It has been brought to light that, under the legislation, someone in receipt of the Family Dividend cannot concurrently receive payment for Maternity, Paternity, Health and Safety or Adoptive Benefit. Where that happens, payment of the Family Dividend is suspended until entitlement to, for example, Maternity Benefit is exhausted at which point payment of the Family Dividend is resumed. This practice is disruptive as well as being very cumbersome from an administrative perspective. Section 13 provides that Maternity, Paternity, Health and Safety or Adoptive Benefit may be paid concurrently with the Back to Work Family Dividend.

Section 14 provides powers to allow Regulations to be introduced to prescribe a specified time for making a Paternity Benefit claim.  Again, this measure is a standard provision which applies to the full range of welfare schemes.

The purpose of Section 15 is to ensure that there are adequate legislative powers to enable the Minister for Social Protection to set out in Regulations the conditions which apply where a person nominates another person to act as their “temporary” agent to receive or collect a social welfare payment on their behalf.

Section 16 is another technical amendment.  It simply provides that the current references in the Social Welfare Consolidation Act to members of the Garda Síochána being seconded to the Department “by the Minister” to exercise the powers and duties of a social welfare inspector will now, more accurately, provide that the Gardaí in question are seconded “to the Minister”.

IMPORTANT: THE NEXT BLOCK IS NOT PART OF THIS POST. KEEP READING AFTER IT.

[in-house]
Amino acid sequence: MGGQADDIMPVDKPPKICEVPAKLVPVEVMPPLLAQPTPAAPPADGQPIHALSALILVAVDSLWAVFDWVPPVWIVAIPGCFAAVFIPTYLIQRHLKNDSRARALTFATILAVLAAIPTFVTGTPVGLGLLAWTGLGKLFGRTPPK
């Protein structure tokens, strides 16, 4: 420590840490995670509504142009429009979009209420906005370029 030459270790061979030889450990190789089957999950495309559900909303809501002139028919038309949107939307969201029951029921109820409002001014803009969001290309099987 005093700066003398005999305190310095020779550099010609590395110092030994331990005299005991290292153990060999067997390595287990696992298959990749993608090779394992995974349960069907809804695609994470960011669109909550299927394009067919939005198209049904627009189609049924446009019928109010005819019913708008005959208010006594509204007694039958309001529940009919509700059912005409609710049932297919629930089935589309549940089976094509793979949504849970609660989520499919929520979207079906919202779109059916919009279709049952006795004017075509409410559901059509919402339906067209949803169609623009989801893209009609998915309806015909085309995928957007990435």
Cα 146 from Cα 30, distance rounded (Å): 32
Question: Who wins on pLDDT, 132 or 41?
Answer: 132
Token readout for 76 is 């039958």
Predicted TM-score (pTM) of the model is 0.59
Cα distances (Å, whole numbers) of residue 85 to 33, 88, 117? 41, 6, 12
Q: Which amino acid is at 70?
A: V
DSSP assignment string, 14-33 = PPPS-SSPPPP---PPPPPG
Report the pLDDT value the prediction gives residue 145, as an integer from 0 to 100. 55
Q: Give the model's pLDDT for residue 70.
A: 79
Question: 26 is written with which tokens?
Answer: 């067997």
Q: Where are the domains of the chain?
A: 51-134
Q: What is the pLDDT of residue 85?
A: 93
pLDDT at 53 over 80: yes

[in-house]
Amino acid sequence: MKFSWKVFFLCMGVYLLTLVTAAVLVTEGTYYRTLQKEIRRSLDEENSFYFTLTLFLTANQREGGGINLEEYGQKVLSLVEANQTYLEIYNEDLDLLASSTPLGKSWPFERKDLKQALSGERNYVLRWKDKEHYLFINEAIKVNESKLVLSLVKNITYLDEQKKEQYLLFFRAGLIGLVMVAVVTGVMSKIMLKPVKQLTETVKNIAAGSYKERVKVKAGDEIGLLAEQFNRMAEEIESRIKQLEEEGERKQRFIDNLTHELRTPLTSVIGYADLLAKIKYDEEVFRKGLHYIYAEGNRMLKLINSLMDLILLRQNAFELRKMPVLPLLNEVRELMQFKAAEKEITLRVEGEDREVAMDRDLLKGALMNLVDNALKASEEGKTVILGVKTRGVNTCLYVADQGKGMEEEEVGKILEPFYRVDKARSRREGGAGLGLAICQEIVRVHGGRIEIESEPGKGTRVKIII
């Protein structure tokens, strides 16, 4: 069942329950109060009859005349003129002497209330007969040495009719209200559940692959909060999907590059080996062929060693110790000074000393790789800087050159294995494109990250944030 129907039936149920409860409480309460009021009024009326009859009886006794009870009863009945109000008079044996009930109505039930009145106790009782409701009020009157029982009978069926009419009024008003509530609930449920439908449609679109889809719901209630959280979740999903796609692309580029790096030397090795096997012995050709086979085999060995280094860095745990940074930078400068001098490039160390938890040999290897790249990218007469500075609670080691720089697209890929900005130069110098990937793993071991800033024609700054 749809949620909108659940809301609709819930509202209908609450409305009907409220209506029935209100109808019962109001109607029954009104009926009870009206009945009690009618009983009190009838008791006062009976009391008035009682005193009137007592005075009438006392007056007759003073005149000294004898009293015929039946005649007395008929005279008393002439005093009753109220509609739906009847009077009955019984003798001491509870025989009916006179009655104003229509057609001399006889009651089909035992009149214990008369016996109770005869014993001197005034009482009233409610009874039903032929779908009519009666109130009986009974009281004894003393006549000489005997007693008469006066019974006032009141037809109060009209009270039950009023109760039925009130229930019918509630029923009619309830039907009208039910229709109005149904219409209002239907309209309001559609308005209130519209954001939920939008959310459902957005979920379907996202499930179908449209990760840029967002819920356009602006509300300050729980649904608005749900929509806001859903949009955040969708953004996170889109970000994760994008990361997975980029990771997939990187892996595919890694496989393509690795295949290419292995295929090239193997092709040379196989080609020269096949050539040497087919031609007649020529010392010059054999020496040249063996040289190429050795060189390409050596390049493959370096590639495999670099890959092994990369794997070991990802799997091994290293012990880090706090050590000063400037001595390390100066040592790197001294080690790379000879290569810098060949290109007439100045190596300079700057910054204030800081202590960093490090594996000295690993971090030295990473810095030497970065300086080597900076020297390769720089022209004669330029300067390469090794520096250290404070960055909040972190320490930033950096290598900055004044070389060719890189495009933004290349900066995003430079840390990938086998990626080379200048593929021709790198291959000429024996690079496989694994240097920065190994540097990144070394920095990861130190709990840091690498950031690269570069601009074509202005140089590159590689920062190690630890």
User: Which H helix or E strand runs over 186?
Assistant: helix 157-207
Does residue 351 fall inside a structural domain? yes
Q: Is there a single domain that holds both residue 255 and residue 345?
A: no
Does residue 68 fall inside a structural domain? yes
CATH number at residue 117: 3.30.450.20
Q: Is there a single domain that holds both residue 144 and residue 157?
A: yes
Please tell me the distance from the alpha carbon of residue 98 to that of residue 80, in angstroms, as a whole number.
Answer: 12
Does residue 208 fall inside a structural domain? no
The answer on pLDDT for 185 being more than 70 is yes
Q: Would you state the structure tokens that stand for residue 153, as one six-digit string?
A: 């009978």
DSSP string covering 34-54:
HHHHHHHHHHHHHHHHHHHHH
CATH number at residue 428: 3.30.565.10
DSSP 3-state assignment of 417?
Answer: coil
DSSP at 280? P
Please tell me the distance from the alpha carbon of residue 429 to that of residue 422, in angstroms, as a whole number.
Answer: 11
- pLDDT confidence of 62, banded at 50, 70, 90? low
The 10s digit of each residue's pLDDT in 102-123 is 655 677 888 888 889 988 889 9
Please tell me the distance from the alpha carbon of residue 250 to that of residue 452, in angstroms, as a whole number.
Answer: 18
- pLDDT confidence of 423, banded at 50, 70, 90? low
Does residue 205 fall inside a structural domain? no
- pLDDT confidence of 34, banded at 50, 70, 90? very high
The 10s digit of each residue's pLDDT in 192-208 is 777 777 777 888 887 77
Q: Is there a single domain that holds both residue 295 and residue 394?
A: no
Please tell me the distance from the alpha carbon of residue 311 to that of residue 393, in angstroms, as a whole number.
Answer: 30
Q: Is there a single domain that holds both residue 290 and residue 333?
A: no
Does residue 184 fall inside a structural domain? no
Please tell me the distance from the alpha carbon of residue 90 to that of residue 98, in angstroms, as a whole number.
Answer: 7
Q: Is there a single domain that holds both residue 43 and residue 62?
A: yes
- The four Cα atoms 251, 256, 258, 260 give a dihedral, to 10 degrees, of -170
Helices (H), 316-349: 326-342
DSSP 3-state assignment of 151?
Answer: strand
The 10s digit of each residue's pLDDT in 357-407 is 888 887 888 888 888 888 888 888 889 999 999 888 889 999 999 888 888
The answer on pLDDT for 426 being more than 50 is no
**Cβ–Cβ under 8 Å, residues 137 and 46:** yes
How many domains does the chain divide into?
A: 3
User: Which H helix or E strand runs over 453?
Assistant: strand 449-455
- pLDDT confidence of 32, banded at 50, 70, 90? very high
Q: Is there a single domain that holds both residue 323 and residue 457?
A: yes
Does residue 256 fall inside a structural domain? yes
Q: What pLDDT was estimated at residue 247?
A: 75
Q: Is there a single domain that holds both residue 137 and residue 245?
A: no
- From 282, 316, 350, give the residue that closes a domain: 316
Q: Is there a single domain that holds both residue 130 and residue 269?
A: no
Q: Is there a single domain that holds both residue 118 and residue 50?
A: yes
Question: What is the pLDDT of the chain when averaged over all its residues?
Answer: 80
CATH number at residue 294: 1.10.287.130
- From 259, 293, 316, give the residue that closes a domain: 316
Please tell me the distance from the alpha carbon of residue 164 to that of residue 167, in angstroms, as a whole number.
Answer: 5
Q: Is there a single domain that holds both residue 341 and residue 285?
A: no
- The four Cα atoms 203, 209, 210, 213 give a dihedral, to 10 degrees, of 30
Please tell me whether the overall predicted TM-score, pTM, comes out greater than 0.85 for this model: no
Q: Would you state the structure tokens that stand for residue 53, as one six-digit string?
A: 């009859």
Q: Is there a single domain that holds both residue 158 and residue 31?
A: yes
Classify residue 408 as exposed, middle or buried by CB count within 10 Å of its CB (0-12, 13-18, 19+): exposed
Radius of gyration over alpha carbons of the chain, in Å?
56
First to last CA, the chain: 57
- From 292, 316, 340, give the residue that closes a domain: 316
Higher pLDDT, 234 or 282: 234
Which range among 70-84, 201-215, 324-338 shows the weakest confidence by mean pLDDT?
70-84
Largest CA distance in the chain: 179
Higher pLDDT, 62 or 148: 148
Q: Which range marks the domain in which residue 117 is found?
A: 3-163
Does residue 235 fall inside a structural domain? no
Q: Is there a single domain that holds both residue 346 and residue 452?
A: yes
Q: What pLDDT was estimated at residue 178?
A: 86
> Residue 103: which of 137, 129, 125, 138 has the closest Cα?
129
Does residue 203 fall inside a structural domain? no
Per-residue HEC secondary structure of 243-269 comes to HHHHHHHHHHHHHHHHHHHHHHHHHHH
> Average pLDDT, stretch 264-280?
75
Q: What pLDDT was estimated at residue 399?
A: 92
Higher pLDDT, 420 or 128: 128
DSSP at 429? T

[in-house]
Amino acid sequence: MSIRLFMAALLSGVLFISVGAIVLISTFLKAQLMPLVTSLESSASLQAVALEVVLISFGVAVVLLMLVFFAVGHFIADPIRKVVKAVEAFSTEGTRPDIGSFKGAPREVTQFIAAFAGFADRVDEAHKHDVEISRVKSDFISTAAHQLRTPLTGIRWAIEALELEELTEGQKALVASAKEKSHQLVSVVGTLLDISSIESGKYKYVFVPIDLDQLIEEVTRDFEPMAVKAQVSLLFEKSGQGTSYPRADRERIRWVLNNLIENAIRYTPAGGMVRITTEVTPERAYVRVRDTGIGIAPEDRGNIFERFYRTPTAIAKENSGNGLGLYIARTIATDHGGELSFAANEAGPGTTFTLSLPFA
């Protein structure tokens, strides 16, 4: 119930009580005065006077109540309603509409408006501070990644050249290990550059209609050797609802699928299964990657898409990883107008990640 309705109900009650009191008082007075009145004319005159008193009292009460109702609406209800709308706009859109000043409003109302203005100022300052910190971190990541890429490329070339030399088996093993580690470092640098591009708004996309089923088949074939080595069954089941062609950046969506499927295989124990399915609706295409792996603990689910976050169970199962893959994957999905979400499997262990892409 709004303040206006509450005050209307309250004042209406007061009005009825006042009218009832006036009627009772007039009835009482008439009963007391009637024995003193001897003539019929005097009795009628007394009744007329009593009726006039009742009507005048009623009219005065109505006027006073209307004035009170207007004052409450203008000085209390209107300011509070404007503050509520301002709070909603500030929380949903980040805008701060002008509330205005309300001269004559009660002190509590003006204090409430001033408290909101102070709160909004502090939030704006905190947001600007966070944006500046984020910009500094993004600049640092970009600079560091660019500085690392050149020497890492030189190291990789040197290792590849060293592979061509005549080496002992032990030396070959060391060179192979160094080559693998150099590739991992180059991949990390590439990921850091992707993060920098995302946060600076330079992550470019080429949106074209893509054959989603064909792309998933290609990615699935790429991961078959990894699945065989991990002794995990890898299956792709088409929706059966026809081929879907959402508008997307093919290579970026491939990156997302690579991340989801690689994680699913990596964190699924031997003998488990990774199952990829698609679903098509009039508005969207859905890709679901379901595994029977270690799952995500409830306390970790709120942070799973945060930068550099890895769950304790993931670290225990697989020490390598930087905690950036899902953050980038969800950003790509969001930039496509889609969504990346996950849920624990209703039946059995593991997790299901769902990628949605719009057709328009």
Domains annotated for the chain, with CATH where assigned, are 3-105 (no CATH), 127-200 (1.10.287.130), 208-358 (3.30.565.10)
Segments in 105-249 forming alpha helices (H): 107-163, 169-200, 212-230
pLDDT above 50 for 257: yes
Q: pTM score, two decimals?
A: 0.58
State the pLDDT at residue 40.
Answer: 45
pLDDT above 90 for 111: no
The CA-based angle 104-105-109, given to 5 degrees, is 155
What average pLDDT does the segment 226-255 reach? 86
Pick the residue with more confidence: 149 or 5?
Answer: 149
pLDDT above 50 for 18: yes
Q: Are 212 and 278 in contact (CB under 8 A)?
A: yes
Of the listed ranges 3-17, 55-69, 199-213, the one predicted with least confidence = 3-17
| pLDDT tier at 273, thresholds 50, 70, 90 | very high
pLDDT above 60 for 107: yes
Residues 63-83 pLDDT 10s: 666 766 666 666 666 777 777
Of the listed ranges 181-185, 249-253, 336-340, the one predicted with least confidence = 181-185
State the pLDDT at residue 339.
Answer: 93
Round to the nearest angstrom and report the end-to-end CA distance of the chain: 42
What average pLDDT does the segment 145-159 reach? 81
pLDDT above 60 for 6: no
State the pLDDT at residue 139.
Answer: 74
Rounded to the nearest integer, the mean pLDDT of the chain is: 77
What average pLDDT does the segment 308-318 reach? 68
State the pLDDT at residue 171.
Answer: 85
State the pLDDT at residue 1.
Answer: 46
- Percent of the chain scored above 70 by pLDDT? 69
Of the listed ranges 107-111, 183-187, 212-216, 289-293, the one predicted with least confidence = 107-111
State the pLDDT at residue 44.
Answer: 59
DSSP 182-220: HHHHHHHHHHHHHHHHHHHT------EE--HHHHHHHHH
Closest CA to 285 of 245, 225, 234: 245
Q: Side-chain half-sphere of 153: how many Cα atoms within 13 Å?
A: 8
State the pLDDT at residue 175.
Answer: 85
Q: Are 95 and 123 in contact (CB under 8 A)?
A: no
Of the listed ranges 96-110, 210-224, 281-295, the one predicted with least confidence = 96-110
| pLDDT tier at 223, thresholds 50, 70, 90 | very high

Section 17 of the Bill deals with the position of Romanian and Bulgarian nationals and their families who were working in Ireland during the transitional period, from 2007 to 2011.

This Section provides that contracts of service in the State in which they engaged during that transitional period fall within the categories of employment where a person is regarded as an “employed contributor”.  As a result, any PRSI contributions paid by Romanian or Bulgarian “employed contributors” during the transitional period will be recognised as valid.

Section 18 along with Schedule 1 provide for new rates for social insurance benefits.  The increase of €5 in the maximum weekly rate of the State Pension Contributory will be paid from the 10th March next year as will the increase in the Widow’s, Widower’s and Surviving Civil Partner’s Contributory Pension where the claimant is aged over 66. The increases in all the other insurance-based payments will come into effect in the week ending 17th March in line with the payments calendar.  
Proportionate increases for those in receipt of reduced rate payments and for qualified adult dependants are also provided for.

Section 19 provides for the inclusion of a reference to the Green, Low-Carbon Agri-Environment (GLAS) scheme operated by the Department of Agriculture, Food and the Marine in the relevant Schedule to the Act in order to formally provide that income from this scheme should be partially disregarded in assessing means for social assistance payments.


Section 20 provides for the reintroduction of the income disregards and tapering arrangements which applied to the Farm Assist scheme before Budget 2012.


Section 21 provides for an increase in the earnings disregard for One-parent Family Payment from €90 to €110 per week, reversing previous reductions, and offering a greater encouragement to one parent families to stay in work or return to work.

Taken together with the increase in the weekly rate of One-Parent Family Payment, those earning €110 per week or more will see an increase in their income of up to €15 per week.   This measure comes into effect from 5 January 2017.